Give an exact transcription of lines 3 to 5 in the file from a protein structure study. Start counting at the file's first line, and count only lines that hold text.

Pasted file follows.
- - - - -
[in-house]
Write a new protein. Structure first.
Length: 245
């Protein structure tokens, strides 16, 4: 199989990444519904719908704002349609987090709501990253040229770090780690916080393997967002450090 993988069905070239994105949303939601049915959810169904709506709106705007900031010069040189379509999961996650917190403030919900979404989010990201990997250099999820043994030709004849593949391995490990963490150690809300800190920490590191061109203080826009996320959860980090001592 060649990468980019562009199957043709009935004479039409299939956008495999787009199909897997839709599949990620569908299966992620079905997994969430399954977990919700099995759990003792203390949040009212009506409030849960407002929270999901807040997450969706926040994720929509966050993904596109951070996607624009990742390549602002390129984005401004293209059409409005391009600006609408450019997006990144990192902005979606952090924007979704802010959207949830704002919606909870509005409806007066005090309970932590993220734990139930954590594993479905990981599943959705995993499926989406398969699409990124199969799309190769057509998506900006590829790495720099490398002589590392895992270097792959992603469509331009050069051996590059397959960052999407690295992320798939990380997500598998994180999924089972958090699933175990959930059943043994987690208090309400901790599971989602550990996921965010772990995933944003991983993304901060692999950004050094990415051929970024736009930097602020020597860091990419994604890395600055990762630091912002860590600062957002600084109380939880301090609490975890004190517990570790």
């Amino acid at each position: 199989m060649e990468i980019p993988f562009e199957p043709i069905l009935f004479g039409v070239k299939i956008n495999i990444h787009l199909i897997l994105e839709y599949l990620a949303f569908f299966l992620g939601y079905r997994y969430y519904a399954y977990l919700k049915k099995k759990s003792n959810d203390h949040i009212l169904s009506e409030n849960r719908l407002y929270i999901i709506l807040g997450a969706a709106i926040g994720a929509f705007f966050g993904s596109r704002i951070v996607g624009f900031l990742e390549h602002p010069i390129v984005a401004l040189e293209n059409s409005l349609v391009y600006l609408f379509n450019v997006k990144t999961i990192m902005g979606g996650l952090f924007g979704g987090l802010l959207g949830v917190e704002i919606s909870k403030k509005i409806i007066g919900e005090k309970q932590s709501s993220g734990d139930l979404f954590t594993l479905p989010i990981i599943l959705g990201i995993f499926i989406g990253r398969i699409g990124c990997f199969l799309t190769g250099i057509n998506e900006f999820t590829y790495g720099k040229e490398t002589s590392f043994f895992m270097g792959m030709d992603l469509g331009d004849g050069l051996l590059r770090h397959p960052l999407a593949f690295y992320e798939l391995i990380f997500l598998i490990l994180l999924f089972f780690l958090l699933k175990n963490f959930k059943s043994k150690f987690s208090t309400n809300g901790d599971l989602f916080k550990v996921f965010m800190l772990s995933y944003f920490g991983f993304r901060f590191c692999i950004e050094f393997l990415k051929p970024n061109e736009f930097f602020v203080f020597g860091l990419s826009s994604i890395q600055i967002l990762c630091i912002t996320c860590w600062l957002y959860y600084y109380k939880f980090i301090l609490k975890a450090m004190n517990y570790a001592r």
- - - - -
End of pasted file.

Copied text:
Length: 245
């Protein structure tokens, strides 16, 4: 199989990444519904719908704002349609987090709501990253040229770090780690916080393997967002450090 993988069905070239994105949303939601049915959810169904709506709106705007900031010069040189379509999961996650917190403030919900979404989010990201990997250099999820043994030709004849593949391995490990963490150690809300800190920490590191061109203080826009996320959860980090001592 060649990468980019562009199957043709009935004479039409299939956008495999787009199909897997839709599949990620569908299966992620079905997994969430399954977990919700099995759990003792203390949040009212009506409030849960407002929270999901807040997450969706926040994720929509966050993904596109951070996607624009990742390549602002390129984005401004293209059409409005391009600006609408450019997006990144990192902005979606952090924007979704802010959207949830704002919606909870509005409806007066005090309970932590993220734990139930954590594993479905990981599943959705995993499926989406398969699409990124199969799309190769057509998506900006590829790495720099490398002589590392895992270097792959992603469509331009050069051996590059397959960052999407690295992320798939990380997500598998994180999924089972958090699933175990959930059943043994987690208090309400901790599971989602550990996921965010772990995933944003991983993304901060692999950004050094990415051929970024736009930097602020020597860091990419994604890395600055990762630091912002860590600062957002600084109380939880301090609490975890004190517990570790």
């Amino acid at each position: 199989m060649e990468i980019p993988f562009e199957p043709i069905l009935f004479g039409v070239k299939i956008n495999i990444h787009l199909i897997l994105e839709y599949l990620a949303f569908f299966l992620g939601y079905r997994y969430y519904a399954y977990l919700k049915k099995k759990s003792n959810d203390h949040i009212l169904s009506e409030n849960r719908l407002y929270i999901i709506l807040g997450a969706a709106i926040g994720a929509f705007f966050g993904s596109r704002i951070v996607g624009f900031l990742e390549h602002p010069i390129v984005a401004l040189e293209n059409s409005l349609v391009y600006l609408f379509n450019v997006k990144t999961i990192m902005g979606g996650l952090f924007g979704g987090l802010l959207g949830v917190e704002i919606s909870k403030k509005i409806i007066g919900e005090k309970q932590s709501s993220g734990d139930l979404f954590t594993l479905p989010i990981i599943l959705g990201i995993f499926i989406g990253r398969i699409g990124c990997f199969l799309t190769g250099i057509n998506e900006f999820t590829y790495g720099k040229e490398t002589s590392f043994f895992m270097g792959m030709d992603l469509g331009d004849g050069l051996l590059r770090h397959p960052l999407a593949f690295y992320e798939l391995i990380f997500l598998i490990l994180l999924f089972f780690l958090l699933k175990n963490f959930k059943s043994k150690f987690s208090t309400n809300g901790d599971l989602f916080k550990v996921f965010m800190l772990s995933y944003f920490g991983f993304r901060f590191c692999i950004e050094f393997l990415k051929p970024n061109e736009f930097f602020v203080f020597g860091l990419s826009s994604i890395q600055i967002l990762c630091i912002t996320c860590w600062l957002y959860y600084y109380k939880f980090i301090l609490k975890a450090m004190n517990y570790a001592r």